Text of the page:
As the leader who transformed the SNP from a party of protest to one of power, Salmond’s departure could have ushered in a period of crisis for Scotland’s ruling nationalists, but the truth has been the reverse.
Salmond’s deputy and protégé Nicola Sturgeon became SNP leader and Scotland’s first ever female first minister at the end of 2014. According to Hassan, she has given the SNP a fresh impetus towards its ultimate goal of Scottish independence.
“The transition from Salmond to Sturgeon was one of those things that gave the SNP a fillip after the referendum,” Hassan told Al Jazeera.
“It’s allowed the SNP to carry the Salmond message [for the Westminster] election with a different tone in Scotland that’s more serious. They’re thus talking in two distinct messages that, at the moment, compliment each other.”
Yet, Salmond’s return to front line British politics is entirely predicated on his ability to claim the constituency seat of Gordon in Scotland’s northeast.
Held by Liberal Democrat Malcolm Bruce for some three decades, Gordon became an SNP target seat when Bruce announced he was retiring in favour of new Liberal Democrat candidate Christine Jardine.
Yet, far from playing the underdog, Jardine told Al Jazeera she fully expects to fend off the challenge from the former first minister, who has been busy promoting his diary of the referendum campaign, The Dream Shall Never Die, across Scotland.
“People [in Gordon] have looked at the polls and the only two parties that can win are the Liberal Democrats or the SNP,” said Jardine.
“And given that choice people would much rather they had me as the local MP working on the issues that matter than Alex Salmond continuing to pursue an independence agenda that the people of Gordon have already rejected almost two-to-one.”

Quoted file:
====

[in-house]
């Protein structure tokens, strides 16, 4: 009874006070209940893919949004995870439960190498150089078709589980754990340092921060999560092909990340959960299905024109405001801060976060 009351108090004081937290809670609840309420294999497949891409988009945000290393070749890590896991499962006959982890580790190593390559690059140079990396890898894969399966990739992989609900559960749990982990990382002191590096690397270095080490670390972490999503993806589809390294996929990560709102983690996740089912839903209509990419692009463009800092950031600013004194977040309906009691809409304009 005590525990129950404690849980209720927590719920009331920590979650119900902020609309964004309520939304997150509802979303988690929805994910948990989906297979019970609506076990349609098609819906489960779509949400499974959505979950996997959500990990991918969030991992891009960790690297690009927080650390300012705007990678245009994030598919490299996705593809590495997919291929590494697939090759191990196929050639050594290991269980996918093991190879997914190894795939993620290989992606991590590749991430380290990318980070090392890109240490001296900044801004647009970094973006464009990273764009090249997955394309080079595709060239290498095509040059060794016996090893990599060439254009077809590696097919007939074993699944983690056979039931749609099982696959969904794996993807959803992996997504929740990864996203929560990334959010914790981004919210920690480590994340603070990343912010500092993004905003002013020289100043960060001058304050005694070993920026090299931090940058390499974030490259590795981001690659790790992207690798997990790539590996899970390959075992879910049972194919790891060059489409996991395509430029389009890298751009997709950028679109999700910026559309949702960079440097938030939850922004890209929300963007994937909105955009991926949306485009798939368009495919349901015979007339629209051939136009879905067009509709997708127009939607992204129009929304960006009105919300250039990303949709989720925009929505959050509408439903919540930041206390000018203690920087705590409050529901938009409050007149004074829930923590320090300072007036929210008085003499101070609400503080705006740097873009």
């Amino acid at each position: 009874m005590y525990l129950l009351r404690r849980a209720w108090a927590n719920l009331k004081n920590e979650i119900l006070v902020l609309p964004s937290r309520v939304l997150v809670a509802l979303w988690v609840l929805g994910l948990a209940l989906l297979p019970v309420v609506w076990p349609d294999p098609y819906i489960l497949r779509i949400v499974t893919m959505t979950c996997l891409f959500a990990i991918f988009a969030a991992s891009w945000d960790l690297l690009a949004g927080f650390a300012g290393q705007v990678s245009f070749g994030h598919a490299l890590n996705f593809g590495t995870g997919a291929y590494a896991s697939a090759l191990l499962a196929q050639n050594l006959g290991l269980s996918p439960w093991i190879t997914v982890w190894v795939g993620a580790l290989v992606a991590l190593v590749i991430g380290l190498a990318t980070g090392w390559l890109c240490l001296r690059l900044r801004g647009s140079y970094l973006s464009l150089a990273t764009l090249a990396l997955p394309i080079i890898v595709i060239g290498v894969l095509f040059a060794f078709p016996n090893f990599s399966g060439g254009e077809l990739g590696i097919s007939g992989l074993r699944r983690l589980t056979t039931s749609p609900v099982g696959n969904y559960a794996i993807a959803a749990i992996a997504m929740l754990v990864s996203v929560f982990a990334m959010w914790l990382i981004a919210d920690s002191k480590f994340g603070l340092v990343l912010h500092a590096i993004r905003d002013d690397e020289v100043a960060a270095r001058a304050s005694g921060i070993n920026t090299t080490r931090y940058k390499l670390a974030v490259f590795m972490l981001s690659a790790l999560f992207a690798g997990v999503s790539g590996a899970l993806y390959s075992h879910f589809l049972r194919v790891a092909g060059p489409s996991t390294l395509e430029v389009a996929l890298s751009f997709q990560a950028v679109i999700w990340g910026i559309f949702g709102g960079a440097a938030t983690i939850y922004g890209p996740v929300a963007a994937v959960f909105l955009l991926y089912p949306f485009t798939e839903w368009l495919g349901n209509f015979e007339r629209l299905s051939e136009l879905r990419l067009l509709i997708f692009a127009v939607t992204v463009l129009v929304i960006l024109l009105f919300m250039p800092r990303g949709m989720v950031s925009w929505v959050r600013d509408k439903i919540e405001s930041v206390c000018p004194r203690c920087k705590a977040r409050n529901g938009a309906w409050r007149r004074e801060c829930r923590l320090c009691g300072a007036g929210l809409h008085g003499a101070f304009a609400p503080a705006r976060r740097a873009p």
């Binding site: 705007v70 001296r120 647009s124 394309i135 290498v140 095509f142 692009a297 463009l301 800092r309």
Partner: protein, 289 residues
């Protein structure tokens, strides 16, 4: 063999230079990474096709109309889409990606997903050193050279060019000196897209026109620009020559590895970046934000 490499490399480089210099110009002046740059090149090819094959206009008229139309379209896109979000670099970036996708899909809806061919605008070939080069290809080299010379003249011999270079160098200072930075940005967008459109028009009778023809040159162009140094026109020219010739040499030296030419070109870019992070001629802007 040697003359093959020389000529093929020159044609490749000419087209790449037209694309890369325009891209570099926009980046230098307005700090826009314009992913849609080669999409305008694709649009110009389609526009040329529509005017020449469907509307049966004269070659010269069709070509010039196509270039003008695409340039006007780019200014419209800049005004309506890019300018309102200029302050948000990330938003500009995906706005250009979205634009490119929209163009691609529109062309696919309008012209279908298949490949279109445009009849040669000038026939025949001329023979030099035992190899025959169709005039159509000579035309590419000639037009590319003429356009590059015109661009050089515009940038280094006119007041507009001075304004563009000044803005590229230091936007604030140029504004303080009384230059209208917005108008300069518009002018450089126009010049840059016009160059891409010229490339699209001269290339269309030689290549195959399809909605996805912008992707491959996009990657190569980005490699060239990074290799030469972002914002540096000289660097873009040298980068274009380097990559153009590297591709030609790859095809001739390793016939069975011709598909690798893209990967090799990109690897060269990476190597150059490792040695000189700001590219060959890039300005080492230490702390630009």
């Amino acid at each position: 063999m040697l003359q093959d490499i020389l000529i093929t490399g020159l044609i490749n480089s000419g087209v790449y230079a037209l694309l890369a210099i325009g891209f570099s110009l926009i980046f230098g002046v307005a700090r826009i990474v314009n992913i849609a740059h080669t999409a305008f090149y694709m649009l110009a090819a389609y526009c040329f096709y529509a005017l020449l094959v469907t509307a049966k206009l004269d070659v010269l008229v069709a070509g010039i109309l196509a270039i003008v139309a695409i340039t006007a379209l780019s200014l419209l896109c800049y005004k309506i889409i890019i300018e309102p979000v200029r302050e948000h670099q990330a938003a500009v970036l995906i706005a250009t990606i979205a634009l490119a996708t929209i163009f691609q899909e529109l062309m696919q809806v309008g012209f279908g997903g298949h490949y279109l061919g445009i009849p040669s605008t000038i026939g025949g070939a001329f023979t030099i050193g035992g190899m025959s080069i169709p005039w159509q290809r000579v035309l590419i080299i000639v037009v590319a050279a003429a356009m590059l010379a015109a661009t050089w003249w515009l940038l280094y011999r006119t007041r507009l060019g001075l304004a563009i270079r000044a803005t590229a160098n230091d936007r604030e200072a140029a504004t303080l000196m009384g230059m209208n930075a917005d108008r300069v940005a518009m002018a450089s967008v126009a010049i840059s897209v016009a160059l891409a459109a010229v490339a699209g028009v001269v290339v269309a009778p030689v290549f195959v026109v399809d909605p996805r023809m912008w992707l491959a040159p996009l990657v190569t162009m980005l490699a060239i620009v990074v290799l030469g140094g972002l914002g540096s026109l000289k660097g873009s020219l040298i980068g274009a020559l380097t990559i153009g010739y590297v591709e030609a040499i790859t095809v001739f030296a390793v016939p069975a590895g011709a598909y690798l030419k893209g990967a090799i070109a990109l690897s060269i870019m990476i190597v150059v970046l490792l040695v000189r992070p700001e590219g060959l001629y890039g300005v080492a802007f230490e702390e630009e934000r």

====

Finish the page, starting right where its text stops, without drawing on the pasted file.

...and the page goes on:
That said, most observers agree Jardine has a fight on her hands.
Not only does Salmond have the undisputed profile, say analysts, but he also has a political presence in northeast Scotland dating back to his maiden Westminster victory nearly 30 years ago.
David McKay, the Scottish political editor for The Press and Journal, a newspaper serving northern and highland Scotland, said anything less than a Salmond triumph in Gordon would be considered a major shock.
Noise things up
“Even allowing for the fact that the Liberal Democrats have a majority of just under 7,000 from the 2010 [Westminster] election … when you throw Alex Salmond into the mix and the fact that his [current] Scottish Parliament seat crosses over a large portion of the Gordon seat, it’s difficult to see anything other than an SNP gain,” he told Al Jazeera.
Such is Salmond’s UK-wide profile that the London-based Conservative Party of Prime Minister David Cameron has warned English voters of the prospect of Salmond and an enlarged band of Scottish nationalists holding the balance of power at Westminster – an outcome the former SNP leader himself publicly relishes.
Yet, should he re-enter the House of Commons with beefed up SNP representation, many expect the Salmond-Sturgeon double act that began in 2004 to thrive as the independence question continues to dominate Scotland’s political future.
“Salmond will generate the stories, he’ll noise things up [at Westminster], he’ll keep things interesting and colourful,” said Torrance, who is also the author of a recent biography on Sturgeon.
“Meanwhile, she’ll [Sturgeon] rise above it all and work hard at overall strategy… It worked very well for 10 years, so there’s no reason why it can’t carry on working.”
Follow Alasdair Soussi on Twitter: @AlasdairSoussi